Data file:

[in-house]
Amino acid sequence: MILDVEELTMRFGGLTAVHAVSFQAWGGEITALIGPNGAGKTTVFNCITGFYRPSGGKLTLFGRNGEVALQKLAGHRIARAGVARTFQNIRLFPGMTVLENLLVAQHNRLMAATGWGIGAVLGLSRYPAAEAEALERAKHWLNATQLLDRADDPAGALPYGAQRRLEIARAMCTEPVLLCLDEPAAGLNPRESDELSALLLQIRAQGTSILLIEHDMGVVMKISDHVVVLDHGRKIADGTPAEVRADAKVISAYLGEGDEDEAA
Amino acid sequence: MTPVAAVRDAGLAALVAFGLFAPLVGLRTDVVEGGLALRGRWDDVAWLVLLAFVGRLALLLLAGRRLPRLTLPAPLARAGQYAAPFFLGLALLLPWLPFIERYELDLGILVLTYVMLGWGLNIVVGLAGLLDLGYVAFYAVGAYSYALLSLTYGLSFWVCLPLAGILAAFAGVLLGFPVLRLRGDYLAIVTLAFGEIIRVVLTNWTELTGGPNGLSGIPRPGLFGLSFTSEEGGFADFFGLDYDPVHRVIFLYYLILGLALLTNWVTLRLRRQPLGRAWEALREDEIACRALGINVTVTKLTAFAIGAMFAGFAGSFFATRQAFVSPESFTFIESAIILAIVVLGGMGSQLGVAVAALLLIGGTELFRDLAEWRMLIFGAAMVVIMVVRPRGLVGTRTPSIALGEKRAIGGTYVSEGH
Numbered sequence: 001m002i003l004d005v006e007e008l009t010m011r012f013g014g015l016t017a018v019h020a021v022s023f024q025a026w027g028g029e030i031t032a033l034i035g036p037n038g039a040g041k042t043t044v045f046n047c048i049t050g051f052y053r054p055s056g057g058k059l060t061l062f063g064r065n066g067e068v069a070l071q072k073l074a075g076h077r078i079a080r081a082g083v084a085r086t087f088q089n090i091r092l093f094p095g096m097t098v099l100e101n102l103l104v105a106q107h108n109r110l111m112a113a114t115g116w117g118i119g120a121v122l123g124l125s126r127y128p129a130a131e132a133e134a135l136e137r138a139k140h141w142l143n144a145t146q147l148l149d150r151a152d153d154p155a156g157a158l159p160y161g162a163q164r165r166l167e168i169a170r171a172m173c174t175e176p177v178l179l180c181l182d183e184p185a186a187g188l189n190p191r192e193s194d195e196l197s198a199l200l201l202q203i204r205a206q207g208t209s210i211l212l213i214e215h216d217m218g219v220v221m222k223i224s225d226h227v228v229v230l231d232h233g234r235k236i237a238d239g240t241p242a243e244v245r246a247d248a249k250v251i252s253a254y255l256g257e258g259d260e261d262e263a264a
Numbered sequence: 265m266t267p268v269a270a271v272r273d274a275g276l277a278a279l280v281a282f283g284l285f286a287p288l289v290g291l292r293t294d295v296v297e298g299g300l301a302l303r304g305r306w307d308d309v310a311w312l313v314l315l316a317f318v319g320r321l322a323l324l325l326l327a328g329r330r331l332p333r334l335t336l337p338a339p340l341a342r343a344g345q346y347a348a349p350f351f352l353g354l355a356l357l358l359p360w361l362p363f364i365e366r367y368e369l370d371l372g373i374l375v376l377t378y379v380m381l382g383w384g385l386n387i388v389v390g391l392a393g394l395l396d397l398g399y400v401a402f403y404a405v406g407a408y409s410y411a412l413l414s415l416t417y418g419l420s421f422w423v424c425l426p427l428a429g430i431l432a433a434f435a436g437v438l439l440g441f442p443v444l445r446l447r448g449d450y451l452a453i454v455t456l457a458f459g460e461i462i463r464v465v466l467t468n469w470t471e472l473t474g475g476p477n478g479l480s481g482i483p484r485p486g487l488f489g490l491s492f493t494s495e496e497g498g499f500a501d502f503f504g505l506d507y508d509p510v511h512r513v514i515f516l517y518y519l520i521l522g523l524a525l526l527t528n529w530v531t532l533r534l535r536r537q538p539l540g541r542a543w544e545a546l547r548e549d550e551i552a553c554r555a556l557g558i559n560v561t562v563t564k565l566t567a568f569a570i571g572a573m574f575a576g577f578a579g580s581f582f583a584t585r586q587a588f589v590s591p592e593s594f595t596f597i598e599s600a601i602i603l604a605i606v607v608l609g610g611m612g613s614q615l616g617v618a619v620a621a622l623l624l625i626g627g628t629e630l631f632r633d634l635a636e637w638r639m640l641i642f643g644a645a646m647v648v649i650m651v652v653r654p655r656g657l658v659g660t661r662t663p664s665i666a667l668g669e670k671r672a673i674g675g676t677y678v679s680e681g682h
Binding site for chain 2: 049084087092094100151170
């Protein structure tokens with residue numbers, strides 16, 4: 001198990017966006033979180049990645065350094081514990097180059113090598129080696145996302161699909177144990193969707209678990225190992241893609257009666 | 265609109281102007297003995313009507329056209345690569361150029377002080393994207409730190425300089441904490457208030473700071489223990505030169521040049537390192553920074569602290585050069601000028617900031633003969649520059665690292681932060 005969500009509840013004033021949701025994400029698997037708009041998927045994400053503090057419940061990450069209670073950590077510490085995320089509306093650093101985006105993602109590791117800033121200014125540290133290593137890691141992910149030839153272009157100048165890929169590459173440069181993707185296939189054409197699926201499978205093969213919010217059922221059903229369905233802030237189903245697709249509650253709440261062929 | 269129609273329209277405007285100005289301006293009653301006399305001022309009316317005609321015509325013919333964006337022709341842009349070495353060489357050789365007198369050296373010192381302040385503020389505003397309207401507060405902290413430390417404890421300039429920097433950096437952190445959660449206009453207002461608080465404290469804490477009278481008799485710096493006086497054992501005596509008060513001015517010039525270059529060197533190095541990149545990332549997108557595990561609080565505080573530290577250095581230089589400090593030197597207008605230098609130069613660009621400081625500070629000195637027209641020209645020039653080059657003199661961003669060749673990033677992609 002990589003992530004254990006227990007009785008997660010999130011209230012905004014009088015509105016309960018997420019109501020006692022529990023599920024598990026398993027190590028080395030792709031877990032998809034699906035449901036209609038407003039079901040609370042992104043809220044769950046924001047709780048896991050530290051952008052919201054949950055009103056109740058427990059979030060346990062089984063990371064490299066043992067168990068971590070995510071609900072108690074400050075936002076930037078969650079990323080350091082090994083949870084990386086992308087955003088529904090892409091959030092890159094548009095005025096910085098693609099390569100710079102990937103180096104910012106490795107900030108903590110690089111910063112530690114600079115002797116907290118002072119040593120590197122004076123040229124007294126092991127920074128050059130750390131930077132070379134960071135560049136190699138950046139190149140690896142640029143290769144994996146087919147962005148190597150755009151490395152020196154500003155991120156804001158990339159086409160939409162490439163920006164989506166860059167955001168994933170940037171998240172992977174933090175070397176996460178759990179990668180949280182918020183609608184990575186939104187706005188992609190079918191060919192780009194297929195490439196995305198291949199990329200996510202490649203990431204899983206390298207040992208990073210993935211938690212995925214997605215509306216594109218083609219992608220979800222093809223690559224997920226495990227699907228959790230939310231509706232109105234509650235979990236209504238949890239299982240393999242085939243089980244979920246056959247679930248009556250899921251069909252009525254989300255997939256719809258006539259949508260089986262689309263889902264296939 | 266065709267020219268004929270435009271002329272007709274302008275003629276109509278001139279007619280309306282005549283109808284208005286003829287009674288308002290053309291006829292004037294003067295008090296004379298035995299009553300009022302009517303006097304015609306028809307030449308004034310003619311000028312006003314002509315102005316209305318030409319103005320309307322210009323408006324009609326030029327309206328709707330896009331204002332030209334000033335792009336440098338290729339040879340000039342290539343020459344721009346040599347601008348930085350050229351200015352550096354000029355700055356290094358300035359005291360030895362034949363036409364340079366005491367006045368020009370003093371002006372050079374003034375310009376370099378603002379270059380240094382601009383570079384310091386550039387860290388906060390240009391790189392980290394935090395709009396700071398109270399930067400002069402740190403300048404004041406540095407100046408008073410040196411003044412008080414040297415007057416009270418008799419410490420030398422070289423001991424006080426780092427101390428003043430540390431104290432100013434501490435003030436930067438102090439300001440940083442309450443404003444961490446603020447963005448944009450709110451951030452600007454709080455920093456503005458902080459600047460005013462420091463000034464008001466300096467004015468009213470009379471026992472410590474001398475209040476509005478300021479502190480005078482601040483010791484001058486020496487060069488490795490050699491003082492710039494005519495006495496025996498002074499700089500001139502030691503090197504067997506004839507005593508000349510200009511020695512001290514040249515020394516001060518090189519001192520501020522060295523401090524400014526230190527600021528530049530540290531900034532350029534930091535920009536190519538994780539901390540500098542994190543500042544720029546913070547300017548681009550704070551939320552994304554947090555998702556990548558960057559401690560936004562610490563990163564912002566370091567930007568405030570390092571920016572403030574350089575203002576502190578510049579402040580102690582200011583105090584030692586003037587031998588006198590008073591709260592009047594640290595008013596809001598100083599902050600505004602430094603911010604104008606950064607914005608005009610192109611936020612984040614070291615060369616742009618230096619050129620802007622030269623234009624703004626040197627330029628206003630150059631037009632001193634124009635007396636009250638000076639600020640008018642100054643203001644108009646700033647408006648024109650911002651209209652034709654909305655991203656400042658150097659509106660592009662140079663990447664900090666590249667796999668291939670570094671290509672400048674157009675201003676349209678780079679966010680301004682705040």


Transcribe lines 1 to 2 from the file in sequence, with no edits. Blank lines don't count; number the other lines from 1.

[in-house]
Amino acid sequence: MILDVEELTMRFGGLTAVHAVSFQAWGGEITALIGPNGAGKTTVFNCITGFYRPSGGKLTLFGRNGEVALQKLAGHRIARAGVARTFQNIRLFPGMTVLENLLVAQHNRLMAATGWGIGAVLGLSRYPAAEAEALERAKHWLNATQLLDRADDPAGALPYGAQRRLEIARAMCTEPVLLCLDEPAAGLNPRESDELSALLLQIRAQGTSILLIEHDMGVVMKISDHVVVLDHGRKIADGTPAEVRADAKVISAYLGEGDEDEAA